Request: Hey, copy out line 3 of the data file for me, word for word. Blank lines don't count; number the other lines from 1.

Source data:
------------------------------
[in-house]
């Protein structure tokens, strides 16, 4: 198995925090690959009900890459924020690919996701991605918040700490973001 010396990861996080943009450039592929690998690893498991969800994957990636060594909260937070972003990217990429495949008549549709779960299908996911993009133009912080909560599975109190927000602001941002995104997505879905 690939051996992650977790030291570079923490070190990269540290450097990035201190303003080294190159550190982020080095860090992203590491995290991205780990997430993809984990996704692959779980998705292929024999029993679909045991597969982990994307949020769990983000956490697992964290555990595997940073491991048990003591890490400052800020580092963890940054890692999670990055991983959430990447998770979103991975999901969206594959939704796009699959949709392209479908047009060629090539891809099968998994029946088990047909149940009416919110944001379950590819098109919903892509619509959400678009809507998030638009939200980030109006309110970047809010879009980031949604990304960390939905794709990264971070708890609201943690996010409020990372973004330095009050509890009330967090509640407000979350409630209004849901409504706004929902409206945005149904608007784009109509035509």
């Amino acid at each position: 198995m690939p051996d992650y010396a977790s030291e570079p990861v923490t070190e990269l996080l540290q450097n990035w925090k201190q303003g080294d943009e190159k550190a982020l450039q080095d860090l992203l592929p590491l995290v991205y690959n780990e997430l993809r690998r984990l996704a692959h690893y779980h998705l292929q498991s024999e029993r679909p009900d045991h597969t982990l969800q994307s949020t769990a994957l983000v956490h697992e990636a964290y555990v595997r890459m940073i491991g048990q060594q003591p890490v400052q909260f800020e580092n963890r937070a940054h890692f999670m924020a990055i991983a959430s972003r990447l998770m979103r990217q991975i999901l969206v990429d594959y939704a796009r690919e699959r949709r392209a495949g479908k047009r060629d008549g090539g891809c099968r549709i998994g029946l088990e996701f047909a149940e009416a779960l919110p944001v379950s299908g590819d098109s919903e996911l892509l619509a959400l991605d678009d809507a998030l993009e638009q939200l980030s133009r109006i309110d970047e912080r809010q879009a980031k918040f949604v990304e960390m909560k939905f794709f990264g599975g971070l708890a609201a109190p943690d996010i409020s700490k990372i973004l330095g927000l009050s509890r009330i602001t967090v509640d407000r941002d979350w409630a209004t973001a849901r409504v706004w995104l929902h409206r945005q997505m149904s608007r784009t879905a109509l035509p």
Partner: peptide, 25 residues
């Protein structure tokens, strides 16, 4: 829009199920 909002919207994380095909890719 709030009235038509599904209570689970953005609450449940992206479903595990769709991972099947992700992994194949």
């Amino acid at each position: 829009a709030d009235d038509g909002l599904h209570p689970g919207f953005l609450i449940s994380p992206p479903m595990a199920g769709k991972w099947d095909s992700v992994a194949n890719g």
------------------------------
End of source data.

């Amino acid at each position: 198995m690939p051996d992650y010396a977790s030291e570079p990861v923490t070190e990269l996080l540290q450097n990035w925090k201190q303003g080294d943009e190159k550190a982020l450039q080095d860090l992203l592929p590491l995290v991205y690959n780990e997430l993809r690998r984990l996704a692959h690893y779980h998705l292929q498991s024999e029993r679909p009900d045991h597969t982990l969800q994307s949020t769990a994957l983000v956490h697992e990636a964290y555990v595997r890459m940073i491991g048990q060594q003591p890490v400052q909260f800020e580092n963890r937070a940054h890692f999670m924020a990055i991983a959430s972003r990447l998770m979103r990217q991975i999901l969206v990429d594959y939704a796009r690919e699959r949709r392209a495949g479908k047009r060629d008549g090539g891809c099968r549709i998994g029946l088990e996701f047909a149940e009416a779960l919110p944001v379950s299908g590819d098109s919903e996911l892509l619509a959400l991605d678009d809507a998030l993009e638009q939200l980030s133009r109006i309110d970047e912080r809010q879009a980031k918040f949604v990304e960390m909560k939905f794709f990264g599975g971070l708890a609201a109190p943690d996010i409020s700490k990372i973004l330095g927000l009050s509890r009330i602001t967090v509640d407000r941002d979350w409630a209004t973001a849901r409504v706004w995104l929902h409206r945005q997505m149904s608007r784009t879905a109509l035509p």